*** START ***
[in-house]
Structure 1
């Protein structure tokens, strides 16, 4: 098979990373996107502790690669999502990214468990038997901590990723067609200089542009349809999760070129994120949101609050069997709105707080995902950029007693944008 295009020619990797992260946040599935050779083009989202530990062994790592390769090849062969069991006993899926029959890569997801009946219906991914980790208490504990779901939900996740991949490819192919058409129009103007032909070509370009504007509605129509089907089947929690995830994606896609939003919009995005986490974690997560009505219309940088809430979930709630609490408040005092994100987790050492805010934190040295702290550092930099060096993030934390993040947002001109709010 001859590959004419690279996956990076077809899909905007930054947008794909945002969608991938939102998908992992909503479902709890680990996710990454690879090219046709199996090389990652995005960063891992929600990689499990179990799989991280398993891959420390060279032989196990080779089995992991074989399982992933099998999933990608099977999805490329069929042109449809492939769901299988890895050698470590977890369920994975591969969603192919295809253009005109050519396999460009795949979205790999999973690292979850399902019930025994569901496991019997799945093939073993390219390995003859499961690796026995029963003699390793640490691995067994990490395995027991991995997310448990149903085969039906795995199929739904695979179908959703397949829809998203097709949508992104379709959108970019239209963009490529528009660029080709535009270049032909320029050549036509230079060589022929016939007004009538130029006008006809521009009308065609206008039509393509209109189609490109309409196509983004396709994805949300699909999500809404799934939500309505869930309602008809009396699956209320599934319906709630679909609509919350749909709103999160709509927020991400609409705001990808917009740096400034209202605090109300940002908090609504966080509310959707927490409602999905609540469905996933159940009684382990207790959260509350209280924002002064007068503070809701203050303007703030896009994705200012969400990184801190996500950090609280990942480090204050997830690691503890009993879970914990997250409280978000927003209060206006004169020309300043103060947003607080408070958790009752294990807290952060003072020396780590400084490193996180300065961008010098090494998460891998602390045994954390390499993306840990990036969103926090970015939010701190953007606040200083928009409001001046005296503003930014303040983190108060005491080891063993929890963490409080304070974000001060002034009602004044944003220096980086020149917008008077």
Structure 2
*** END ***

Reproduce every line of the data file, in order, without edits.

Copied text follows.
[in-house]
Structure 1
């Protein structure tokens, strides 16, 4: 098979990373996107502790690669999502990214468990038997901590990723067609200089542009349809999760070129994120949101609050069997709105707080995902950029007693944008 295009020619990797992260946040599935050779083009989202530990062994790592390769090849062969069991006993899926029959890569997801009946219906991914980790208490504990779901939900996740991949490819192919058409129009103007032909070509370009504007509605129509089907089947929690995830994606896609939003919009995005986490974690997560009505219309940088809430979930709630609490408040005092994100987790050492805010934190040295702290550092930099060096993030934390993040947002001109709010 001859590959004419690279996956990076077809899909905007930054947008794909945002969608991938939102998908992992909503479902709890680990996710990454690879090219046709199996090389990652995005960063891992929600990689499990179990799989991280398993891959420390060279032989196990080779089995992991074989399982992933099998999933990608099977999805490329069929042109449809492939769901299988890895050698470590977890369920994975591969969603192919295809253009005109050519396999460009795949979205790999999973690292979850399902019930025994569901496991019997799945093939073993390219390995003859499961690796026995029963003699390793640490691995067994990490395995027991991995997310448990149903085969039906795995199929739904695979179908959703397949829809998203097709949508992104379709959108970019239209963009490529528009660029080709535009270049032909320029050549036509230079060589022929016939007004009538130029006008006809521009009308065609206008039509393509209109189609490109309409196509983004396709994805949300699909999500809404799934939500309505869930309602008809009396699956209320599934319906709630679909609509919350749909709103999160709509927020991400609409705001990808917009740096400034209202605090109300940002908090609504966080509310959707927490409602999905609540469905996933159940009684382990207790959260509350209280924002002064007068503070809701203050303007703030896009994705200012969400990184801190996500950090609280990942480090204050997830690691503890009993879970914990997250409280978000927003209060206006004169020309300043103060947003607080408070958790009752294990807290952060003072020396780590400084490193996180300065961008010098090494998460891998602390045994954390390499993306840990990036969103926090970015939010701190953007606040200083928009409001001046005296503003930014303040983190108060005491080891063993929890963490409080304070974000001060002034009602004044944003220096980086020149917008008077």
Structure 2